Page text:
At the height of activity, there were seven fixed-wing aircraft and four
helicopters working the Picnic Rock Fire.
Preliminary cost estimates for the fire are between $2.2 million and $2.3
million, Griffith said. Exactly how those bills will be paid, however,
remains to be negotiated. Erik Nilsson, emergency management specialist
for Larimer County, said the Federal Emergency Management Agency will pay
75 percent of many of the costs, with the balance shared by the county
and the state's emergency fire fund. Griffith gave a rough estimate of
the county's share at less than $100,000.
Sanchez was charged with fourth-degree arson, a misdemeanor, on April 9,
and he will make his first court appearance June 1. He could face three
to 12 months in jail and be fined up to $1,000 if convicted.
Griffith said he's "always had a concern" about the Obenchain area, which
has a narrow, heavily forested draw at the west end. "It could have been
much, much worse," he said.
Doug Gibbs, a Bonner Peak resident and member of the Livermore Volunteer
Fire Department, agreed. "We're just thankful it turned out as well as
it did," he said. Gibbs was assigned to patrol for spot fires ahead of
the main fire on March 31. He could see thick smoke billowing up to the
south and realized the fire was gradually getting closer to Obenchain Road.
On April 1, fire reached the Obenchain, and many residents came close to
losing their homes. At one point, the fire jumped from the south side of
Obenchain Gulch to the north, and it eventually reached the south edge
of Gibbs' 40 acres high on a ridge north of Obenchain Road.
For others on Obenchain Road, it came even closer. The fire burned in a
horseshoe pattern around the home of John Tschirhart, who was grateful
to firefighters for building two fire breaks on his property. Ironically,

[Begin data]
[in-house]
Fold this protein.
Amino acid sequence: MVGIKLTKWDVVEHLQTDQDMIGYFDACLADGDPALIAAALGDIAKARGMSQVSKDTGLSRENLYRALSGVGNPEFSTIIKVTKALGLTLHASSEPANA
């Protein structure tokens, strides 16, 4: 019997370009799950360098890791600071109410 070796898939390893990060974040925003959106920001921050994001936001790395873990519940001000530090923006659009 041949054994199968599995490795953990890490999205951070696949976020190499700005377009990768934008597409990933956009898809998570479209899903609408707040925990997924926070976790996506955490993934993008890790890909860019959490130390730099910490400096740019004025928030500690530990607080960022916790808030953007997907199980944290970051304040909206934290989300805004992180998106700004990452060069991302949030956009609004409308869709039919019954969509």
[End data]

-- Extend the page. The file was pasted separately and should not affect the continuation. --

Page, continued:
Tschirhart had wanted to put a metal roof on his home when it was built,
but covenants at the time didn't allow it.
The Kaufman family nearly lost three homes. Harold and Eleanor Kaufman
and their children Karin and Brian have adjoining 40-acre parcels. Trees
and grass burned on each property close to the homes, but the structures
weren't damaged. When the family evacuated, the draw was filled with thick,
red smoke. "It was ghostly up here," Eleanor Kaufman said. Two weeks after
the fire, she reported a half-inch of green grass coming out of the black,
and she has already scattered wildflower seeds on the scorched earth near
Griffith said he went into the Obenchain area after the structures burned
and tried to determine why the Grieser home was lost when the fire skirted
around so many others. "It's difficult to figure out why," he said, but
his guess is that hot embers blew onto the deck or some other flammable
object near the home, eventually igniting the home as well. The fire retardant
dropped behind the home held the fire back at that location, he noted.
A Type II incident command team took over control of the Picnic Rock Fire
on April 1. Agencies that helped fight the fire included Larimer County
Emergency Services, Poudre Fire Authority, the U.S. Forest Service, Loveland
Fire and Rescue, Colorado State Forest Service, Wellington and Glacier
View fire protection districts and volunteer fire departments from Livermore,
Rist Canyon and Glacier View.